States v. Torres, 282 F.3d 1241, 1246 (10th Cir. 2002).
A second or successive motion under § 2255 will only be
permitted in two situations:
(1) newly discovered evidence that, if proven, and viewed in
light of the evidence as a whole, would be sufficient to
establish by clear and convincing evidence that no reasonable
factfinder would have found the movant guilty of the offense;
(2) a new rule of constitutional law, made retroactive to
cases on collateral review by the Supreme Court, that was
28 U.S.C. § 2255(h). In order for a federal prisoner to
proceed under § 2255(h)(2), the Supreme Court must
explicitly hold that a new rule applies to cases on
collateral review. Bey v. United States,
399 F.3d 1266 (10th Cir. 2005).
Tenth Circuit has determined that “[w]hen a second or
successive § 2254 or § 2255 claim is filed in the
district court without the required authorization from this
court, the district court may transfer the matter to this
court if it determines it is in the interest of justice to do
so under § 1631, or it may dismiss the motion or
petition for lack of jurisdiction.” In re
Cline, 531 F.3d 1249, 1252 (10th Cir. 2008). Citing
Trujillo v. Williams, 465 F.3d 1210, 1223 n.16 (10th
Cir. 2006), the Tenth Circuit stated that “[f]actors
considered in deciding whether a transfer is in the interest
of justice include whether the claims would be time barred if
filed anew in the proper forum, whether the claims alleged
are likely to have merit, and whether the claims were filed
in good faith or if, on the other hand, it was clear at the
time of filing that the court lacked the requisite
jurisdiction.” Cline, 531 F.3d at 1251.
“Where there is no risk that a meritorious successive
claim will be lost absent a § 1631 transfer, a district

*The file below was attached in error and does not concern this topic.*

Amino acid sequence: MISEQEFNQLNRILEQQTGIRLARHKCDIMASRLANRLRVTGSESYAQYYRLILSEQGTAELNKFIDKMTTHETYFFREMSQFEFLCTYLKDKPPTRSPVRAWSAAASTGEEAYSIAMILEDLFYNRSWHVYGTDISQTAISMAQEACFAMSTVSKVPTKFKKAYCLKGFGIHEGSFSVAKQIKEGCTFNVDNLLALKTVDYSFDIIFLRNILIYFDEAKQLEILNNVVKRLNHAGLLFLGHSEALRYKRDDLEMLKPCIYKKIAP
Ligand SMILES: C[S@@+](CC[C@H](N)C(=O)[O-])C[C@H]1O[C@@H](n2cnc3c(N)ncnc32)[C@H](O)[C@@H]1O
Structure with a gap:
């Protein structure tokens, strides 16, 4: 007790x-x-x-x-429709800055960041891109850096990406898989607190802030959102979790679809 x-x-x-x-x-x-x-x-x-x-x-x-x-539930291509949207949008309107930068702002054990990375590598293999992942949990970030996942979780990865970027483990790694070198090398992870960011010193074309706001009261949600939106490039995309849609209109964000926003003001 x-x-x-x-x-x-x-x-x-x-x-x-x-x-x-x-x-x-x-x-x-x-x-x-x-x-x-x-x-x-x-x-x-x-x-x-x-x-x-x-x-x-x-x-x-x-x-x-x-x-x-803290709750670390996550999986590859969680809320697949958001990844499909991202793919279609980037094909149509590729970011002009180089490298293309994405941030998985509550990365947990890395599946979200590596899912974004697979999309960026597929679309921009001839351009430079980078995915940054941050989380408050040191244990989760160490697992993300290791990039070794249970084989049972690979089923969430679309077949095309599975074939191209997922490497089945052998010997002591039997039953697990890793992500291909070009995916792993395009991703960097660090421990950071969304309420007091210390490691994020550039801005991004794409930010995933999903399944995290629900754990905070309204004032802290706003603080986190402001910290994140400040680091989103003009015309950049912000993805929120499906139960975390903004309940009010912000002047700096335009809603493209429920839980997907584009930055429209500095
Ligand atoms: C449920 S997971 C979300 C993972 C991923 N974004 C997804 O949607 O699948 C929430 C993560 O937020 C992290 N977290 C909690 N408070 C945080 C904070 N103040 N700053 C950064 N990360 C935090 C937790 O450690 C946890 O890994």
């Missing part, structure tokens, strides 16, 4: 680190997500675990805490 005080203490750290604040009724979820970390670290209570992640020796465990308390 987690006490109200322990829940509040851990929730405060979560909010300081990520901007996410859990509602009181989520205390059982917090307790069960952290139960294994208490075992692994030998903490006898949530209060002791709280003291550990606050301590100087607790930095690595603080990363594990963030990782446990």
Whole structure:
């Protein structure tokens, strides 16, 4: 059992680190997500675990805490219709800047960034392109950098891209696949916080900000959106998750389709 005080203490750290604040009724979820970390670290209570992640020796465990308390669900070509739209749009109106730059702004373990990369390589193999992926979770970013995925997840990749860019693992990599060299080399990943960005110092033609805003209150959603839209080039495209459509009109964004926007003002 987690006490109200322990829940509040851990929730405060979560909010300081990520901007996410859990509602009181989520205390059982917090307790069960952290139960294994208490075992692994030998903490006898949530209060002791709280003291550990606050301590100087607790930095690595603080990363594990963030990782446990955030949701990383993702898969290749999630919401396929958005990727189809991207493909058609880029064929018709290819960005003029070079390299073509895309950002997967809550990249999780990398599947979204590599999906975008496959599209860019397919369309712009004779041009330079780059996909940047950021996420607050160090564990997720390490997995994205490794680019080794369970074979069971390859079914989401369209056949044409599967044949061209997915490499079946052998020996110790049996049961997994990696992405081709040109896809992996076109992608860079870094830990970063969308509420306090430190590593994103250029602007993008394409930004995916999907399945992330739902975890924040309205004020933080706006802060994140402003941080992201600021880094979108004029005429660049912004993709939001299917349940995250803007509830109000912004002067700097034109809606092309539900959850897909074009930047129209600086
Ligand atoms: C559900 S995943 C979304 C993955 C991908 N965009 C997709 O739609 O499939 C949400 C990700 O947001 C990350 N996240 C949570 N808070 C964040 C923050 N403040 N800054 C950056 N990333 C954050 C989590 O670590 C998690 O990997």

court does not abuse its discretion if it concludes it is not
in the interest of justice to transfer the matter to this
court for authorization.” Id at 1252 (citing
Phillips v. Seiter, 173 F.3d 609, 610 (7th Cir.
1999)) (noting that it is a waste of judicial resources to
require the transfer of frivolous, time-barred cases).
Court finds that there is no risk that defendant will be
prevented from litigating a meritorious claim if his motion
(Dkt. # 1219) is not transferred to the Tenth Circuit.
Defendant has not raised a constitutional challenge to the
validity of his sentence, and there is no likelihood that the
Tenth Circuit would allow defendant to proceed with a second
or successive § 2255 motion. Instead, defendant claims
that he would likely receive a lower sentence if he were
re-sentenced under an advisory guideline system. However,
this Court does not have the inherent authority to modify a
previously imposed sentence, and this Court may only
re-sentence a defendant pursuant to statutory authorization.
United States v. Mendoza, 118 F.3d 707, 709 (10th
Cir. 1997). Even if defendant would receive a lesser
sentence, the Court lacks the authority to vacate or modify
his sentence based on a perception that his sentence was
unduly harsh or severe. There is no reason to transfer
defendant's motion (Dkt. # 1219) to the Tenth Circuit and
his motion should be dismissed for lack of jurisdiction.
THEREFORE ORDERED that Defendant's Motion to Vacate Count
I (Dkt. # 1219) is dismissed for lack of jurisdiction. A
separate judgment of dismissal is entered herewith.